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Blogging is most certainly not dead

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A few weeks ago, I asked the readers of the Noticing newsletter to send in links to their blogs and newsletters (or to their favorite blogs and newsletters written by others). And boy, did they! I pared the submissions list down to a representative sample and sent it out as last week’s newsletter. Here’s a smaller excerpt of that list…you can find the whole thing here.

Several people wrote in about Swiss Miss, Subtraction, Damn Interesting, Cup of Jo, sites I also read regularly.

Ted pointed me towards Julia Evans’ blog, where she writes mostly (but not exclusively) about programming and technology. One of my favorite things about reading blogs is when their authors go off-topic. (Which might explain why everything on kottke.org is off-topic. Or is everything on-topic?)

Bruce sent in Follow Me Here, which linked to 3 Quarks Daily, a high-quality blog I’d lost track of.

Marcelo Rinesi blogs infrequently about a little bit of everything. “We write to figure out who we are and what we think.”

Futility Closet is “a collection of entertaining curiosities in history, literature, language, art, philosophy, and mathematics, designed to help you waste time as enjoyably as possible”. (Thx, Peter)

Michael Tsai blogs about technology in a very old school way…reading through it felt like a wearing a comfortable old t-shirt.

Sidebar: the five best design links, every day. And Nico Lumma’s Five Things, “five things everyday that I find interesting”.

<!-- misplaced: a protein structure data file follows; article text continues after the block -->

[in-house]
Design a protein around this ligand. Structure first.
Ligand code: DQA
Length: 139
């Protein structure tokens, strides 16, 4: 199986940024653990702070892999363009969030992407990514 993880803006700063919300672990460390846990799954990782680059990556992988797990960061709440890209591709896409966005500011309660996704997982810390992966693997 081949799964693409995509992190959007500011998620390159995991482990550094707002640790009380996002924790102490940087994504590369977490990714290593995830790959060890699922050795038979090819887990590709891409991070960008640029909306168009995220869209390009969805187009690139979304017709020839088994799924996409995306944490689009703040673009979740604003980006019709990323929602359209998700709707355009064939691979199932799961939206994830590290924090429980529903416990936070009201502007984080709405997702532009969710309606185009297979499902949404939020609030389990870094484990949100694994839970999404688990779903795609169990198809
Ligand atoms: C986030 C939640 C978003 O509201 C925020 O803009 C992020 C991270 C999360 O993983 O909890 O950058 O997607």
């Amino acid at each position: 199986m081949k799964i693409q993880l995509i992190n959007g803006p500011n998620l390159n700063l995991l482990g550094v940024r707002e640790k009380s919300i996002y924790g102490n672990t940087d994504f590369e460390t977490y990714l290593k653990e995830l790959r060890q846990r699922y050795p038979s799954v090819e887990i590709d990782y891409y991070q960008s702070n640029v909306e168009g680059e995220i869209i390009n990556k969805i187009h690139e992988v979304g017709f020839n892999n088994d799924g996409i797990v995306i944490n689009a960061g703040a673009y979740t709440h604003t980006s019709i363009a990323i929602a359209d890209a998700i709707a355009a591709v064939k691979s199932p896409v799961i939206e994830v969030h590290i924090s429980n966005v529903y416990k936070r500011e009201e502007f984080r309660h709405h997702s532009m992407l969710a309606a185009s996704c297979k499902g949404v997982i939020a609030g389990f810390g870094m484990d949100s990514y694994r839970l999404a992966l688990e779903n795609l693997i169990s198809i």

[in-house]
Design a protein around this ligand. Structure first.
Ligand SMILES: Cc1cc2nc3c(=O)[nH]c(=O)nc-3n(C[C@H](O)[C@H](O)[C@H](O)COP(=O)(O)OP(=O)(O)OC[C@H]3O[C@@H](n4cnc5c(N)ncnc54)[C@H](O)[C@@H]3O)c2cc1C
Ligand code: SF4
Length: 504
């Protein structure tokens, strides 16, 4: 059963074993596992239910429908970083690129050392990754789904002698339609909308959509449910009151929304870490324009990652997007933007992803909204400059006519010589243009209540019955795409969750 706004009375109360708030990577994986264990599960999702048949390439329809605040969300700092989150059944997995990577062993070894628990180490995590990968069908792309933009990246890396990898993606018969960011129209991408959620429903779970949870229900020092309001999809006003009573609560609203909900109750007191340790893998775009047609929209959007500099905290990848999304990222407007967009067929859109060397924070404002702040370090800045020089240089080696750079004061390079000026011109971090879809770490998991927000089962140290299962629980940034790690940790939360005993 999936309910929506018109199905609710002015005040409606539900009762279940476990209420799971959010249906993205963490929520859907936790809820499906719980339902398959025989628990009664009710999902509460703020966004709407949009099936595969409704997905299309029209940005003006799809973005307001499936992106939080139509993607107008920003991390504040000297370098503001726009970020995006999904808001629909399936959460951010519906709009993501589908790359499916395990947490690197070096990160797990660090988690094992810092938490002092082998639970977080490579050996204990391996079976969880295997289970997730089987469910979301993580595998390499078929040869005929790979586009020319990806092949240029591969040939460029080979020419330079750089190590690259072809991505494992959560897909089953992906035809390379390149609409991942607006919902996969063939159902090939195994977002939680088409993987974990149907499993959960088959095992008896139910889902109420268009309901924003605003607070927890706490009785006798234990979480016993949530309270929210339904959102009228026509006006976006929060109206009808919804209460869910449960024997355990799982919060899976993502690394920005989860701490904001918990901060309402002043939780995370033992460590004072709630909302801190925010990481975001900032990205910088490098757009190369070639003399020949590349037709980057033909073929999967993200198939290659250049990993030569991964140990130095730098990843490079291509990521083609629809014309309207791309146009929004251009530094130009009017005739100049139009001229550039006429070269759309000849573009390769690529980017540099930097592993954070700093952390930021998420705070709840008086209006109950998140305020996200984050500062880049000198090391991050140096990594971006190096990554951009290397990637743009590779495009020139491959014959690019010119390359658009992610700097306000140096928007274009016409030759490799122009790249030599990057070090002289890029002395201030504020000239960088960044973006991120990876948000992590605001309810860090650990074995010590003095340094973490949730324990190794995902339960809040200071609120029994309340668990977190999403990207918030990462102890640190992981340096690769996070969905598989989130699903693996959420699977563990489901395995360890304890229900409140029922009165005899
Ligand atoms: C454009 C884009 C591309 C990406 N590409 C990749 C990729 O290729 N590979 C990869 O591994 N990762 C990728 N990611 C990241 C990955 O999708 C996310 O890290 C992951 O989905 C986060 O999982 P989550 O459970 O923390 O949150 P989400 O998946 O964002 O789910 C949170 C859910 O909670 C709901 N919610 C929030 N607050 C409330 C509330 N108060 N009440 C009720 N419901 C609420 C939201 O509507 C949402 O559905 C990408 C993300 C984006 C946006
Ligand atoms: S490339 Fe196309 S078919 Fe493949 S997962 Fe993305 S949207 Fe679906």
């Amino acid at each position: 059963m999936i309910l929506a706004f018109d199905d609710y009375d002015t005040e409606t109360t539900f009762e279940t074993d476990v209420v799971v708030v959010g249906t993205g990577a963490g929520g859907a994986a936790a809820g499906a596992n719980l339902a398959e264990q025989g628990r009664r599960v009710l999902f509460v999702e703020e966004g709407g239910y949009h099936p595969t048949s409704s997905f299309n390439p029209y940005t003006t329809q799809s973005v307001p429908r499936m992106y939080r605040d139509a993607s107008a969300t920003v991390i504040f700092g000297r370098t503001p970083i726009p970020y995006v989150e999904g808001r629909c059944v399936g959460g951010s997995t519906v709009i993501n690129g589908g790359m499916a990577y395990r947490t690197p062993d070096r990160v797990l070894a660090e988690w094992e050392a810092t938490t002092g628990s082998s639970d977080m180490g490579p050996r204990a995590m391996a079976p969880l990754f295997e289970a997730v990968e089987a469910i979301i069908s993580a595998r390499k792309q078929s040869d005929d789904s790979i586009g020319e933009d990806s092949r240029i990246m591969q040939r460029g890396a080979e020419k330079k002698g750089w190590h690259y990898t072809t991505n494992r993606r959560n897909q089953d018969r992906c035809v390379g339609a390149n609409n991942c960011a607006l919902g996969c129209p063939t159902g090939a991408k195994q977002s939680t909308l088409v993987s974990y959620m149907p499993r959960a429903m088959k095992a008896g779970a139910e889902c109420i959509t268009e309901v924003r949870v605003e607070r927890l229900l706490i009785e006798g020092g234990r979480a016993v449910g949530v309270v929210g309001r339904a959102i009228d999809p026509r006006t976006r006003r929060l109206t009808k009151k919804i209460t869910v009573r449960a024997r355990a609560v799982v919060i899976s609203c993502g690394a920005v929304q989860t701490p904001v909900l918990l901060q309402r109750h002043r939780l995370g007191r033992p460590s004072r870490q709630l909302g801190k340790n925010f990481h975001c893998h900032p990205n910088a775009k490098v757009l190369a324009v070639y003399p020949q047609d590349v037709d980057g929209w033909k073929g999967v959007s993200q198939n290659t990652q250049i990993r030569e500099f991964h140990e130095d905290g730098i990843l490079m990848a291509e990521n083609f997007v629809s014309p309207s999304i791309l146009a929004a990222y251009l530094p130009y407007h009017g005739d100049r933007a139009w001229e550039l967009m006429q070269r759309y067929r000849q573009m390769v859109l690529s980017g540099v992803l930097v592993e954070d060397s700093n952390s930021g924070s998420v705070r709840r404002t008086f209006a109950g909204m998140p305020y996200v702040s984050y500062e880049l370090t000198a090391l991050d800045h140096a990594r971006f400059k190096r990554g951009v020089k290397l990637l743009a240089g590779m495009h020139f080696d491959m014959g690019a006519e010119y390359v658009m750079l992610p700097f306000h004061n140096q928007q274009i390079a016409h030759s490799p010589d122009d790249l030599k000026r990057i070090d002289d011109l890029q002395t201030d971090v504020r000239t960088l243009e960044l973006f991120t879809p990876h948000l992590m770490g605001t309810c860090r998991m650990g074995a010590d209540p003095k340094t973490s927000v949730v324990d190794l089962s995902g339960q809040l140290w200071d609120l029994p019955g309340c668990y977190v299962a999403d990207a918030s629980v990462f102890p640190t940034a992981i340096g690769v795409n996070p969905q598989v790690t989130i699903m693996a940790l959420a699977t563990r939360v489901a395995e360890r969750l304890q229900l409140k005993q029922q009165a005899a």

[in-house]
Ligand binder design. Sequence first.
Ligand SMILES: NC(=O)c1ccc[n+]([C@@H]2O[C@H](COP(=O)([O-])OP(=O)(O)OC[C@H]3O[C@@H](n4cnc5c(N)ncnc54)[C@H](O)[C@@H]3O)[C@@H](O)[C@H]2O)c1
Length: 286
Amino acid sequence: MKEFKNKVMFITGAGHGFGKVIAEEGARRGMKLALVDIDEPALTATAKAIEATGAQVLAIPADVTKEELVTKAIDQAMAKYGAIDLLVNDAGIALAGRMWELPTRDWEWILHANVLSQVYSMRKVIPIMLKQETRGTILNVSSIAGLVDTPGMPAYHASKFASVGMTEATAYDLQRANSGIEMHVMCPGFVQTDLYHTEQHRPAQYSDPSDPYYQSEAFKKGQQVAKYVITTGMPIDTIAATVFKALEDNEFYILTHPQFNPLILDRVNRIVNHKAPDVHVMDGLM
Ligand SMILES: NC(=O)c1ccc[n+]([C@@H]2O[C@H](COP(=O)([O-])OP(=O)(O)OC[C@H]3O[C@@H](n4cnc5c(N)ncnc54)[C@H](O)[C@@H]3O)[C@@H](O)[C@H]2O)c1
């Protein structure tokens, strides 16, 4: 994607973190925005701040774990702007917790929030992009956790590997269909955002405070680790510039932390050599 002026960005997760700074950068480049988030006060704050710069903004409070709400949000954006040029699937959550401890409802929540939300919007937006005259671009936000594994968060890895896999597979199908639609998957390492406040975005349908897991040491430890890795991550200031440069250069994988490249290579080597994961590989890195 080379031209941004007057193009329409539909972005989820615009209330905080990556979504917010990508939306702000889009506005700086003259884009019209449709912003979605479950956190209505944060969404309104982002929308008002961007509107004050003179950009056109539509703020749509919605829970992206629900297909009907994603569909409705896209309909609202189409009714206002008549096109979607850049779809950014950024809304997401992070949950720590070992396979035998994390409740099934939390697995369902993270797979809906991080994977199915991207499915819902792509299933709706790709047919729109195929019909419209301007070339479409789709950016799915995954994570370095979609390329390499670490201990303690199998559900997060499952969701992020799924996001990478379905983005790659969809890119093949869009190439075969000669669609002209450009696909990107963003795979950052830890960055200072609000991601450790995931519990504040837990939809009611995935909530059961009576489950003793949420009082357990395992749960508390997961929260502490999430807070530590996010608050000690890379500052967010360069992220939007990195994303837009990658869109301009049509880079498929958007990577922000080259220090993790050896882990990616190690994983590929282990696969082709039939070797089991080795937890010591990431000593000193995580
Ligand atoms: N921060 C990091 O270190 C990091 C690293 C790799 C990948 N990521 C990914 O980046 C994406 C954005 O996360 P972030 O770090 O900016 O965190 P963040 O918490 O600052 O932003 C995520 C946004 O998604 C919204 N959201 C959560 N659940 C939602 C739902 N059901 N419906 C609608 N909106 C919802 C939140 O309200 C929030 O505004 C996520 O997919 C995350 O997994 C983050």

Pamela wrote in with dozens of links, among them visual blog But Does It Float, neuroscience blog Mind Hacks, the old school Everlasting Blort.

Elsa recommends Accidentally in Code, written by engineer Cate Huston.

Madeleine writes Extraordinary Routines, “sharing interviews, musings and life experiments that explore the intersection between creativity and imperfection”.

Kari has kept her blog for the last 15 years. I love what she wrote about why she writes:

I also keep it out of spite, because I refuse to let social media take everything. Those shapeless, formless platforms haven’t earned it and don’t deserve it. I’ve blogged about this many times, but I still believe it: When I log into Facebook, I see Facebook. When I visit your blog, I see you.

Social media is as compelling as ever, but people are increasingly souring on the surveillance state Skinner boxes like Facebook and Twitter. Decentralized media like blogs and newsletters are looking better and better these days…

Tags: lists   weblogs
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sillygwailo
4 hours ago
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Toronto, ON
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DMack
3 days ago
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Now that all the celebrities have abandoned tumblr, there's a secret golden age of Content going on
Victoria, BC

Stunt pilot restarts his single engine in the nick of time

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I always feel a little silly when I click through to watch videos with titles like “Plane Miraculously Flies To Safety After Sudden Engine Failure”, like I’m indulging in clickbait, a sugary online snack when I’m supposed to be consuming healthier fare. But my dad was a pilot when I was a kid, so I will watch any flying video that comes along (along with 35 minutes of “related videos” on YouTube…send help!)